universe elimination rules (replies)
|| Thanks to Robert and Thorsten
|| Robert Harper's reply
At 9:31 AM 8/22/95, Daniel Mahler wrote:
>Could someone tell me what are universe elimination rules in type theories.
>Do they have something to do with quantifying or abstracting over universes?
>Are there type systems which actually do this?
> Daniel Mahler
>[All, Please send your replies to Daniel Mahler.
> Daniel Mahler, Please summarise your replies to the Types Forum.
> -- Philip Wadler, moderator, Types Forum.]
I'm sure there must be many variants of this idea. Back in the early 80's
we experimented with universe elimination in the NuPRL system. Roughly
speaking, a "universe" is a type of types (or, in some versions, a type of
"names" for types). Of course the universe does not contain ALL types; in
particular, the universe itself is not a type contained in the universe.
In the simplest formulation universes are considered to be open-ended: we
specify a collection of things that ARE in the universe, without requiring
that these be the ONLY inhabitants. The idea of a universe elimination
rule (in the sense explored with NuPRL) is to think of universes as
inductively generated, with a structural induction principle as elimination
form. This allows you to define functions over a universe by analyzing the
structure of its members. This proposal never made it into the "official"
definition of NuPRL, though, so I don't believe it is written down anywhere
in the NuPRL literature.
More recently Greg Morrisett and I revived this idea in connection with
compiling polymorphic languages. See our paper in the last POPL entitled
"Compiling Polymorphism Using Intensional Type Analysis". Using universe
elimination we are able to compile ML much more efficiently than was
previously possible (in many cases), and to extend the expressiveness of
the language considerably.
|| Thorsten Altenkirch's reply
>>>>> "Daniel" == Daniel Mahler <email@example.com.EDU.AU> writes:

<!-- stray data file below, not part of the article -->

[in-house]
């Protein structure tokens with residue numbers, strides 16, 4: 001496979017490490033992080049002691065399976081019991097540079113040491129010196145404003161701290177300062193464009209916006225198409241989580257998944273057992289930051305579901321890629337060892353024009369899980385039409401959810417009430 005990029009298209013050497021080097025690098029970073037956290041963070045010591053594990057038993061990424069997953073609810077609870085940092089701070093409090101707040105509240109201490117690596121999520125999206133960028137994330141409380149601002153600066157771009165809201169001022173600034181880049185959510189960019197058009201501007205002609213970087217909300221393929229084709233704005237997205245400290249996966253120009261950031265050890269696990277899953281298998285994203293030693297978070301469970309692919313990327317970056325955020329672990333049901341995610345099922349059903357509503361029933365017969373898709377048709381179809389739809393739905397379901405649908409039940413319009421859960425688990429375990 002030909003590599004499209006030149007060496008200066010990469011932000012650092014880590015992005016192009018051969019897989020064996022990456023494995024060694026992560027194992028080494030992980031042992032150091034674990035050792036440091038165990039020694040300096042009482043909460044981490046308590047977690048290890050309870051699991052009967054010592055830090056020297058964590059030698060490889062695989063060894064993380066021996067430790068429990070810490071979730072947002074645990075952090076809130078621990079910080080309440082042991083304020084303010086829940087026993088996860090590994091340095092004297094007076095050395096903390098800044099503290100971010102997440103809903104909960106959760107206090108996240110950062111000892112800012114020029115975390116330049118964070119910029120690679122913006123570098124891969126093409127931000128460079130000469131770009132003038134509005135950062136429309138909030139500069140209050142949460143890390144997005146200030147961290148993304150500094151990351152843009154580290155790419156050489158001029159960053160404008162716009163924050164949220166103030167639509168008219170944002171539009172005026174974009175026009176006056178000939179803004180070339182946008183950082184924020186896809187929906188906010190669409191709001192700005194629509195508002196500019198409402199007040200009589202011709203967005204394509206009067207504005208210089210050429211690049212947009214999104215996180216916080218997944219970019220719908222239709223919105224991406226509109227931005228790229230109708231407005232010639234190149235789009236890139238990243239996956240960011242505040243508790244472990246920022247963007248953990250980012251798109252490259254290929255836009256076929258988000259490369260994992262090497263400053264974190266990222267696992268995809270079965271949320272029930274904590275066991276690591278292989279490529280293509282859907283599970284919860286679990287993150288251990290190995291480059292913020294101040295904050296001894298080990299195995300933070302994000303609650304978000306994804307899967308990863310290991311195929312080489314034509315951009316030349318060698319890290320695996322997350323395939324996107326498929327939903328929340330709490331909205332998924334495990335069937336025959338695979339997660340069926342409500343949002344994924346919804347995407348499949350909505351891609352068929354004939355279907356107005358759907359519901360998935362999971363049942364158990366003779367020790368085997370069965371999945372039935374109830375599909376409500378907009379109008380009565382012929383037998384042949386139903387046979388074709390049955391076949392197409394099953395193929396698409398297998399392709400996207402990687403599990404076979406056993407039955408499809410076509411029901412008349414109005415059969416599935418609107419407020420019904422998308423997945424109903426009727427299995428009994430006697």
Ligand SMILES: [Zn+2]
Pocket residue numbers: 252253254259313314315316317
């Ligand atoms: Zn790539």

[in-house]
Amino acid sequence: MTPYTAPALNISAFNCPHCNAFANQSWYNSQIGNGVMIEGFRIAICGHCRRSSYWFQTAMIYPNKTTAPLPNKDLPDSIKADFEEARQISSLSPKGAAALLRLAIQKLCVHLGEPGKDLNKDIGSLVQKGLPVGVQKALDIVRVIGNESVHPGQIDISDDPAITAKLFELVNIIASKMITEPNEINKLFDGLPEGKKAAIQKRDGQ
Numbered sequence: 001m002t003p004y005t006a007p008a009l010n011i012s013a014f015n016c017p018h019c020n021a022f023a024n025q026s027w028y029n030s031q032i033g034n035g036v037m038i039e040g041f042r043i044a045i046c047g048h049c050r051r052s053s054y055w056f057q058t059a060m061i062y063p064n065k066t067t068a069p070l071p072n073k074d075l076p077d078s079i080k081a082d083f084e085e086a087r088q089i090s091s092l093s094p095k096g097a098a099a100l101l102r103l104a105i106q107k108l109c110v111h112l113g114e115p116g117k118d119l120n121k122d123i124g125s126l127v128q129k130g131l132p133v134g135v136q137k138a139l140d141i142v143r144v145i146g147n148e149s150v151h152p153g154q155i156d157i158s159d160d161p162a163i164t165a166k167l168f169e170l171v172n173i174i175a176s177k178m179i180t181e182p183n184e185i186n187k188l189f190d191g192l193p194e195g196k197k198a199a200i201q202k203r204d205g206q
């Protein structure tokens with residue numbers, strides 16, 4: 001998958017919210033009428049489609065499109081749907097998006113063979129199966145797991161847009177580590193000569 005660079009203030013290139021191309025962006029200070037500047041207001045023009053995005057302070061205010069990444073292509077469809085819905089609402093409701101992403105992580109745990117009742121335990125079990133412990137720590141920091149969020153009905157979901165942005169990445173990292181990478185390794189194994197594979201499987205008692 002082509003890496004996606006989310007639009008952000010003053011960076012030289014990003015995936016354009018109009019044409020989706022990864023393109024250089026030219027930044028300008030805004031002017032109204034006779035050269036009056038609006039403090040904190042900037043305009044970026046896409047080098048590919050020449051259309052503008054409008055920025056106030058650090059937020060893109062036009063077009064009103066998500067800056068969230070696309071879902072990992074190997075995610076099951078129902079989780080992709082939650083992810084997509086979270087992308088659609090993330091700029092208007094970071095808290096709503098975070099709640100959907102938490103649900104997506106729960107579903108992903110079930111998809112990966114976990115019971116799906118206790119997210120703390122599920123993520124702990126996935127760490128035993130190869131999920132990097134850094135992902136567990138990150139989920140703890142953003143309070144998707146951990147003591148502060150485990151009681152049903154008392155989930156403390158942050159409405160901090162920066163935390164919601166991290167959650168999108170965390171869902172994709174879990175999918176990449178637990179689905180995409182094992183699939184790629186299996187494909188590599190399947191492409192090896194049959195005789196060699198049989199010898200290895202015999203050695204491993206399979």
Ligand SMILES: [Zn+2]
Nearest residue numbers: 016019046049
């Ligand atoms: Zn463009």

Daniel> Could someone tell me what are universe elimination rules
Daniel> in type theories.
Universes can be viewed as a (generalized) case of inductive
definitions or as Peter Dybjer calls them "inductive-recursive"
definitions. Elimination rules (aka non-canonical constants) for
universes hence play the same role as the elimination rules for other
inductive definitions (e.g. induction or primitive recursion for
natural numbers). They express that all the canonical elements of the
universes are generated by a finite application of the constructors.
As a simple example a universe with pi-types and natural numbers is
defined as follows (assuming that we have set formers Nat and Pi)
U : Set
T : U -> Set
nat : U
pi : (A:U;B:T(A)->U)U
T(nat) = Nat
T(pi(A,B)) = Pi(a:T(A),T(B(a)))
So T is a non-canonical constant (e.g. corresponding to an elimination
rule). The special thing about universes is that T is defined
mutually with the constructors, hence "inductive-recursive"
In the ALF system (which is an implementation of a varaint of
Martin-L"of Type Theory form Goeteborg) we usually do not define a
standard elimination rule but allow the additition of non-canonical
constants which are defined by structural recursion and pattern
matching (following a proposal of Thierry Coquand). However, you can
also define a "standard" elimination rule for universes:
U_rec : (P:U->Set;
U_rec (P,n,p,nat) = n
U_rec (P,n,p,pi(A,B)) =
Daniel> Do they have something to do with quantifying or
Daniel> abstracting over universes? Are there type systems which
Daniel> actually do this?
I will try to give you an example although this doesn't use the
standard universe but a similar construction. If you want to do a
normalization proof for simply typed lambda calculus ala
Tait,Girard,... you will define the syntax of types and their
interpretation by a universe like constructionm e.g. assume we have
Tm:Set (the set of lambda terms) with a constructor app: (Tm;Tm)Tm and
SN : Tm->Set the predicate "strongly normalizing" then we define
U : Set
T : U -> (Tm -> Set)
o : U
arr : (U;U)U
T(o) = SN
T(arr(A,B)) = [t](u:Tm)T(A)(u) -> T(B)(app(t,u))
An application for the general universe elimination would be the proof
that the interpretation of all types are candidates in sense of Girard
(or saturated sets), e.g. assume a predicate CR: (Tm->Set)->Set
CR_lem : (A:U)CR(T(A))
which plays an important role in the proof.
You may remark that the example above is degenerate in the sense that
U and T do not depend on each other mutually. This is related to the
fact that we only show normalization for a non-dependent theory. A
normalization proof for a calculus with dependent types might use a
univers of the more general form. However, encoding the syntax of
dependent types is technically tricky.
Thorsten Altenkirch (firstname.lastname@example.org)
Computer Science, Chalmers University of Technology, Sweden
DISCLAIMER: All opinions expressed here are my own.
WWW URL: http://www.cs.chalmers.se/~alti